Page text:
The feed-in tariff’s solid start has already led to significant jobs growth in the UK PV sector with SolarCentury and its 11 Welsh and English regional associate installers reporting a near doubling of staff numbers between January and July 2010, with further growth and over 500 jobs in total planned into 2011.
The stability, predictability and certainty provided by the feed-in tariff means that UK PV companies can plan with confidence, invest for the future and take on many more staff as the market continues to grow up to the first tariff levels review.
The new coalition government’s support for a long-term feed-in tariff after 10 years of unhelpful stop-start grant programmes and policy u-turns affecting the PV sector is extremely welcome and should help to ensure the sustained long-term growth of the PV and wider ‘small-scale’ renewables sector in the UK.
Claire Skinner, Senior Client Partner, Renewable Energy and Clean Technology, Korn/Ferry Whitehead Mann
It is undeniable that FiTs are driving real growth in the solar energy industry in the UK — incentives inevitably spur people on and in this sense, they have been very successful.
From a leadership and talent perspective, the FiT scheme is driving substantial interest in the UK market, particularly in attracting leading individuals from the Continent and further afield. The current climate is enabling investors seeking to exploit the UK market to attract a global talent pool. Building and sustaining this talent pool will inevitably lead to a stronger renewable energy industry in the United Kingdom.
The main question still up for debate, however, is will we see a shift in the UK industry from a largely installation and assembling-led market, to a manufacturing-led market?
Many manufacturers that have invested in Europe have been adversely impacted by changing incentive schemes and a difficult financing environment. Moves to invest in additional capital-intensive manufacturing capacity in the UK may be impacted by question marks over the sustainability of FiT.
Only time will tell whether investors have sufficient appetite for the UK market, but the signs are definitely positive. We have seen major corporate and private equity firms seeking to build businesses in the UK solar market and we anticipate further growth. This ranges from start-up organisations, as well as established players, pushing first-mover advantage and capitalising on the opportunities presented by FiTs.
Incentives alone will not build a robust solar industry in the UK. With the flurry of activity amongst new and existing entrants, there are likely to be both winners and losers; one of the key differentiators will be the quality of the leadership team.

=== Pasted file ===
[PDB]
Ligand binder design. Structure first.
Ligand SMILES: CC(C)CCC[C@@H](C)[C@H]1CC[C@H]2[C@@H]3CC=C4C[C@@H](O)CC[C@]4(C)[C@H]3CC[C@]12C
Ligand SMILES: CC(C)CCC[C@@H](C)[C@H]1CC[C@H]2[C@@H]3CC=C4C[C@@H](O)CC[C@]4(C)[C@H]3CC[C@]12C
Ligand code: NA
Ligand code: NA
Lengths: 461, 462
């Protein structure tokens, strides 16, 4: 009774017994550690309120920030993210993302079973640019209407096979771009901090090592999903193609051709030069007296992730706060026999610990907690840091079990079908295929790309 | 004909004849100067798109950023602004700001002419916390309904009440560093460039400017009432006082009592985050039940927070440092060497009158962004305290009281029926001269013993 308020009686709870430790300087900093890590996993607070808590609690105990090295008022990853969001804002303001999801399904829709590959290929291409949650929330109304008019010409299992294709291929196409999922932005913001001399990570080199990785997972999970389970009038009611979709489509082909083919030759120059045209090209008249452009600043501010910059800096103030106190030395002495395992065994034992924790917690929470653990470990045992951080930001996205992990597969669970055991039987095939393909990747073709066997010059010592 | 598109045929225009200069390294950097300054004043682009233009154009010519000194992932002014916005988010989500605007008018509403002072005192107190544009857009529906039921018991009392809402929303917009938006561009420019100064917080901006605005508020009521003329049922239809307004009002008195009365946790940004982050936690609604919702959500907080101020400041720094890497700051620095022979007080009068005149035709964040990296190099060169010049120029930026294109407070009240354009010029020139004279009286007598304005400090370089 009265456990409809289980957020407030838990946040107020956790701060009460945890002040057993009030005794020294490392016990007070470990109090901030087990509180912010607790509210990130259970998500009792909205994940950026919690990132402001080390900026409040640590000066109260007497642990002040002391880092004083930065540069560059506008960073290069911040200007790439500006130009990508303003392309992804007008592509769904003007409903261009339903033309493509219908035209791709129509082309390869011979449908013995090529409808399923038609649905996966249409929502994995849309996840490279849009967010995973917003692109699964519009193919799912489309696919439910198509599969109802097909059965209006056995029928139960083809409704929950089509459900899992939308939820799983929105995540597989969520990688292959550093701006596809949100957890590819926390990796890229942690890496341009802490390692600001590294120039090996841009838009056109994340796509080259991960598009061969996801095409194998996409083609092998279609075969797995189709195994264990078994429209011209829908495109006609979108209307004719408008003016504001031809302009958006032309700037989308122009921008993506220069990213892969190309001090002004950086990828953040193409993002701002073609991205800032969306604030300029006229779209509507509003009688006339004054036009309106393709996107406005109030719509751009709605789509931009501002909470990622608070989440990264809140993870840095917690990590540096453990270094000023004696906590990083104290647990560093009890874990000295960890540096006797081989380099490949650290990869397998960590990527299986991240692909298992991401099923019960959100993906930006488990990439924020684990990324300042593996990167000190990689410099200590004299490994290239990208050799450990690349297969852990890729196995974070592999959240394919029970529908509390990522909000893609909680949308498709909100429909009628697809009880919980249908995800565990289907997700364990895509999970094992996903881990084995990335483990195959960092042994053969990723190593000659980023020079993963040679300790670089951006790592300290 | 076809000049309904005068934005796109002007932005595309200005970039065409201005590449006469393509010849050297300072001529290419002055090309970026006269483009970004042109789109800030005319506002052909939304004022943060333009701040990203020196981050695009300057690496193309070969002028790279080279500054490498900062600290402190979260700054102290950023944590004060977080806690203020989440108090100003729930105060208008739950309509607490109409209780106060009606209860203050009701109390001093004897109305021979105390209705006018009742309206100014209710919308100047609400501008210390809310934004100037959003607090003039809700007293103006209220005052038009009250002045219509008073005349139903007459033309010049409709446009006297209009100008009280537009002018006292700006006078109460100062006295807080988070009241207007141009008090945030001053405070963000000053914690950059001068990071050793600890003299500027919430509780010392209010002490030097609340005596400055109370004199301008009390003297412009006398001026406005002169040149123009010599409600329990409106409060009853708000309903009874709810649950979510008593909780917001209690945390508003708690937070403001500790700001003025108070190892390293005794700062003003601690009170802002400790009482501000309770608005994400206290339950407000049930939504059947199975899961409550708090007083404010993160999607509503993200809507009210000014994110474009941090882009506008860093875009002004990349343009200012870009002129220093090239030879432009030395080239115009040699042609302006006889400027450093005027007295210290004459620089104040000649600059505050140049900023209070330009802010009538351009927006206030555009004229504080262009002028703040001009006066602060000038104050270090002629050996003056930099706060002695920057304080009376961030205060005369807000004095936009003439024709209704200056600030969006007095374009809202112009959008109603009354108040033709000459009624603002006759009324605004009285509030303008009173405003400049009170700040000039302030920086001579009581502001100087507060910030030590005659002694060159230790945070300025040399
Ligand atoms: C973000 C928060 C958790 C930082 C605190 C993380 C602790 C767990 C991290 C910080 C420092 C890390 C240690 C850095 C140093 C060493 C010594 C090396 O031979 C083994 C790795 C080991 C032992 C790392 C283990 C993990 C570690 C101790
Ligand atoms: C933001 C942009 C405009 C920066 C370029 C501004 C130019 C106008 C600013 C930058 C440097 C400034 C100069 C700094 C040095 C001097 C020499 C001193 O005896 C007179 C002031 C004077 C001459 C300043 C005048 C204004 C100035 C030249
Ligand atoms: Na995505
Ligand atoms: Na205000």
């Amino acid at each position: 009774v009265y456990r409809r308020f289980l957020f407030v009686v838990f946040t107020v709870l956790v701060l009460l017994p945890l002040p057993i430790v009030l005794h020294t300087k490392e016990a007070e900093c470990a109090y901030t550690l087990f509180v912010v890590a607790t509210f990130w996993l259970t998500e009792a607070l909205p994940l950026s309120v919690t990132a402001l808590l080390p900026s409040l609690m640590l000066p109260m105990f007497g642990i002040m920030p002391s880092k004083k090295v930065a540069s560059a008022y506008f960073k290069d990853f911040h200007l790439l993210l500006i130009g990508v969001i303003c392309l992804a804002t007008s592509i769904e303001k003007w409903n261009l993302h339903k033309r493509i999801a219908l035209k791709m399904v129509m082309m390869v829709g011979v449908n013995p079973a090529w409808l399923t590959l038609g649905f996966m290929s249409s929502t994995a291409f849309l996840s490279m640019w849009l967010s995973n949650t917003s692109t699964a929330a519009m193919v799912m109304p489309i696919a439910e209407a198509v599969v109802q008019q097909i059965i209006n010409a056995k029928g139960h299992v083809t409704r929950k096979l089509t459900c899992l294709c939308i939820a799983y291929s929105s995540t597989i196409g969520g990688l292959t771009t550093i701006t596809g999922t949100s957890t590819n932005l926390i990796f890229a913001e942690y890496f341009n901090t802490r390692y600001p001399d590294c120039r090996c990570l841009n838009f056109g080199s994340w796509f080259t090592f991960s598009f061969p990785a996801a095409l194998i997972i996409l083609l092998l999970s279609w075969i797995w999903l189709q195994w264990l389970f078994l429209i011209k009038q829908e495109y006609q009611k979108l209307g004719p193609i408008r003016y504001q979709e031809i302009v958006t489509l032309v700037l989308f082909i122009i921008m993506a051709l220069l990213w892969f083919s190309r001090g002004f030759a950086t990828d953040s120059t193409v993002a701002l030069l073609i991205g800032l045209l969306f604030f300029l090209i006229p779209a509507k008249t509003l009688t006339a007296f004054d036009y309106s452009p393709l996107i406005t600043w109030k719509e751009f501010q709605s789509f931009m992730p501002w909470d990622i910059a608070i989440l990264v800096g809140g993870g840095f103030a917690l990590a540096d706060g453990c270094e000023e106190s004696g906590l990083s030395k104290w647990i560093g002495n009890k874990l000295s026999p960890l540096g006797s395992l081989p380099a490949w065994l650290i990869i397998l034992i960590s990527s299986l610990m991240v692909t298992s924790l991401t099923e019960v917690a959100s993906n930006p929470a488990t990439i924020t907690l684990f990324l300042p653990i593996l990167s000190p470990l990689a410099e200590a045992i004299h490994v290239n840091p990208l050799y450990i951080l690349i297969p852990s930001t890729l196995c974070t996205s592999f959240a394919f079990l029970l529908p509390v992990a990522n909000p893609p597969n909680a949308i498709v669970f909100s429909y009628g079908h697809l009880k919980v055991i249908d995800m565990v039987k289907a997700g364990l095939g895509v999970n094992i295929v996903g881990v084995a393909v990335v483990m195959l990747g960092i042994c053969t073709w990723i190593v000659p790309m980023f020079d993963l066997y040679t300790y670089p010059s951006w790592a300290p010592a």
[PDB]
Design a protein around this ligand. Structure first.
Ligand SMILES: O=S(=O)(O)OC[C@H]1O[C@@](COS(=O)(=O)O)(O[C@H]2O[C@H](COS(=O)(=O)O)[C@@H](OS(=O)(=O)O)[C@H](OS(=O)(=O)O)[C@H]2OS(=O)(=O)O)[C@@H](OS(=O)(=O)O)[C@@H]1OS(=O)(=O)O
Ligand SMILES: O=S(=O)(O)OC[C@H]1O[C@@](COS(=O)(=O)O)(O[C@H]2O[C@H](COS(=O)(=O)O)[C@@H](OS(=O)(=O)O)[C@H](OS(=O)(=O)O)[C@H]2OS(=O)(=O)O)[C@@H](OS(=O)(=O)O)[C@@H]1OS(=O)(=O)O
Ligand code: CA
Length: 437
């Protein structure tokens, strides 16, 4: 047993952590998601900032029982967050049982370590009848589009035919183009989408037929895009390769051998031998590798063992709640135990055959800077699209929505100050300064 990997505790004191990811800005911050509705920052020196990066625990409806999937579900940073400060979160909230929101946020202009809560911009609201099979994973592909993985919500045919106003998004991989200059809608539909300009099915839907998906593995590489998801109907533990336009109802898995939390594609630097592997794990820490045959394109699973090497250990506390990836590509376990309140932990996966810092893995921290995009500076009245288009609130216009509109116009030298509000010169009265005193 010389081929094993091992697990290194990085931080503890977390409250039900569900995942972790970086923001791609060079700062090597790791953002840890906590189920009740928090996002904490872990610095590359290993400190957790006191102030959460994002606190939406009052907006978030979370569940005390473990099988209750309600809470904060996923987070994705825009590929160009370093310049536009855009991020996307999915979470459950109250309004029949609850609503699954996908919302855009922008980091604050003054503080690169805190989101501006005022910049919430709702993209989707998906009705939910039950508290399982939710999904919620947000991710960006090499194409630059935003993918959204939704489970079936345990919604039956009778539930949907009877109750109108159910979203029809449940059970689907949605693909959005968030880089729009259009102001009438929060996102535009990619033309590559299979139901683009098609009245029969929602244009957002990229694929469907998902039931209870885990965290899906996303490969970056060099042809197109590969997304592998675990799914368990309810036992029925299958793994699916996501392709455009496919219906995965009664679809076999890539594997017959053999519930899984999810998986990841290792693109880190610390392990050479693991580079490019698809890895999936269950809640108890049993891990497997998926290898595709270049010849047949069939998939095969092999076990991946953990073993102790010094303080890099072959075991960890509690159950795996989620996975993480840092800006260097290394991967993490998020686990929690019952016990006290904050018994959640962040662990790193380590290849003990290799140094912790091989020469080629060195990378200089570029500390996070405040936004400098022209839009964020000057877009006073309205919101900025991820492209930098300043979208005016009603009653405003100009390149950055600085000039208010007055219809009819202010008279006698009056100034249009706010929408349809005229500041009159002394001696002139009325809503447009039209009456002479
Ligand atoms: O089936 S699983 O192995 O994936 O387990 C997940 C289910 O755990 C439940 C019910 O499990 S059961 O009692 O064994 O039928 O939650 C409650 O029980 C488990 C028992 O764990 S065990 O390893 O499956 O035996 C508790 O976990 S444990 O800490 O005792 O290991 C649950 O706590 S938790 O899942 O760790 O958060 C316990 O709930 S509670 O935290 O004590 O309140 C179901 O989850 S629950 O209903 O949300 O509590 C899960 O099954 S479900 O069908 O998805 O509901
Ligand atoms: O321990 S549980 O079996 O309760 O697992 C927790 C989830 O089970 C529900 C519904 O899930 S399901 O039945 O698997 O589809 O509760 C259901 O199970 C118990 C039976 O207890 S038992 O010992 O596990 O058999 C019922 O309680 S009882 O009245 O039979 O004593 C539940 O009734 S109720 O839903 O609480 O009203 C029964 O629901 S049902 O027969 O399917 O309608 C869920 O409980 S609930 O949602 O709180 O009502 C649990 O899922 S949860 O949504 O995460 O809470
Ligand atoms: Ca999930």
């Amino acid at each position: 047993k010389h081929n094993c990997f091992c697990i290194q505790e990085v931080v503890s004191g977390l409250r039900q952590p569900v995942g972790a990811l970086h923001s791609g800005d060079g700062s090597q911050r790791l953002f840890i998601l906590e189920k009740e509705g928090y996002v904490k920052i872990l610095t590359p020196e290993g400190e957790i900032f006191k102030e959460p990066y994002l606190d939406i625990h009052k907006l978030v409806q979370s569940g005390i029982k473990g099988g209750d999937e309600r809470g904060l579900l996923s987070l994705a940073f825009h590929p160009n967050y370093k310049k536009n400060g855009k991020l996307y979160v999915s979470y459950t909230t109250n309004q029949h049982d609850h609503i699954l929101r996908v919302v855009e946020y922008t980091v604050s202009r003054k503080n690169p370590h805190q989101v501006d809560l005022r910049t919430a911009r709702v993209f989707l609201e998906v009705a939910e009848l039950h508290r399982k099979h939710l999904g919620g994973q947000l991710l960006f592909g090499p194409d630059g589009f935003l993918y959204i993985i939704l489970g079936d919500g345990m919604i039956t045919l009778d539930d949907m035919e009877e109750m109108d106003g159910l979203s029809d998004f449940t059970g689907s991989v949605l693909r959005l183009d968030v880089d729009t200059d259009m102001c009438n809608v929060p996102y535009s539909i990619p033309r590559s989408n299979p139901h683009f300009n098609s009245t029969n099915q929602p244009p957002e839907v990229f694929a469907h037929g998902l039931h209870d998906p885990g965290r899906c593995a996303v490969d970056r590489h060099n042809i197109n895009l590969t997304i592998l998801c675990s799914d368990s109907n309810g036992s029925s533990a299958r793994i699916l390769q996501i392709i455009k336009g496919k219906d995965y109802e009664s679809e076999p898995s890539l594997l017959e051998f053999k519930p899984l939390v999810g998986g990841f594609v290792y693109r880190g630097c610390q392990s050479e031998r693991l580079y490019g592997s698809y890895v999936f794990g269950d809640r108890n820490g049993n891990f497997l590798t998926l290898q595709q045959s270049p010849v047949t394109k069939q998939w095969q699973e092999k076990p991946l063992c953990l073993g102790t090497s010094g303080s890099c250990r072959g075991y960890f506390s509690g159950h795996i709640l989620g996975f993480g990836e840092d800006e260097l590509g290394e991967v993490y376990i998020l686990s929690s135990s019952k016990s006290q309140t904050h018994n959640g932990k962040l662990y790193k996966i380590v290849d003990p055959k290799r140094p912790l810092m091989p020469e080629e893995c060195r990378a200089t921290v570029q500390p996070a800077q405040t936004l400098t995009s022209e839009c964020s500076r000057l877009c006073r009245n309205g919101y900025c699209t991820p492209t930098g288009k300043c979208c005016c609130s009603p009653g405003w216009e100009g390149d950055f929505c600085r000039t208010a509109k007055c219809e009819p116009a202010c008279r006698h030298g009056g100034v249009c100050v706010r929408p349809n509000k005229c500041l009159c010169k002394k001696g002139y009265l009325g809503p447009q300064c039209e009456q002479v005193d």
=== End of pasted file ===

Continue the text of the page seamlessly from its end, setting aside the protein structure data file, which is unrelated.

Gabriel Milland, Policy Exchange
Our recent report ‘Greener, Cheaper‘ made waves when it called for abolishing the FiT scheme for micro-renewables.
The scheme is very generous, which, if you are a manufacturer or installer, is very good news indeed. Our criticism of the scheme is based on its cost and the extremely unfair way the subsidy is funded — a levy on all consumers, including the most vulnerable. It will effectively redistribute from everyone to those with large, south-facing roofs.
The report examined the cost-effectiveness of current policy. Looking at the costs per tonne of carbon emissions saved, we found that the FiT scheme was by far the most expensive — £460 ($690) per tonne saved, compared to the EU Emissions Trading Scheme which currently trades at around £12—15 ($18—27) per tonne.
Given the incredible cost of the subsidy, the key question is whether industrial policy should be used to engender a micro-renewables industry.
The cost of doing so, when money is scarce for government and households, casts doubt on whether this could possibly be a priority in our efforts to tackle climate change.
Ray Noble, Renewable Energy Association
When looking at reports that quote predicted UK PV market growth at 1500%, you need to take this in the right context. The UK market pre-April 2010 was minute, only around 30 MW installed over 15 years.
The UK government has been slow to create a PV market by adopting a FiT. However, it has taken into account lessons from the tariffs offered by other countries in setting out its policy.
Tariffs have been broken into size bands to attract all the sectors to partake. The initial tariffs are fixed for two years before degression comes in. A review is scheduled for 2012 to check how the market is reacting and allow tariffs to be adjusted should any sector overheat or fail to move as quickly. Tariffs are also index linked to ensure banks and investors provide funding to stimulate the market both to grow a sustainable industry and support adopters.
But the FiT is also part of a policy framework to move the UK to a low-carbon market. Planning permissions requiring on-site generation, zero-carbon new housing by 2016, zero-carbon buildings by 2019, and 35% renewable generated electricity by 2020 are all part of creating the longer-term goal.
In the first three months of the FiT only 9 MW has been installed, and some of this relates to eligible installations carried out since July 2009, so I don’t see all PV manufacturers needing to steer all their product to the UK. Yes, the UK is going to be a growing and long-term market, but please no comparisons with the ‘boom-and-bust’ policy of Spain.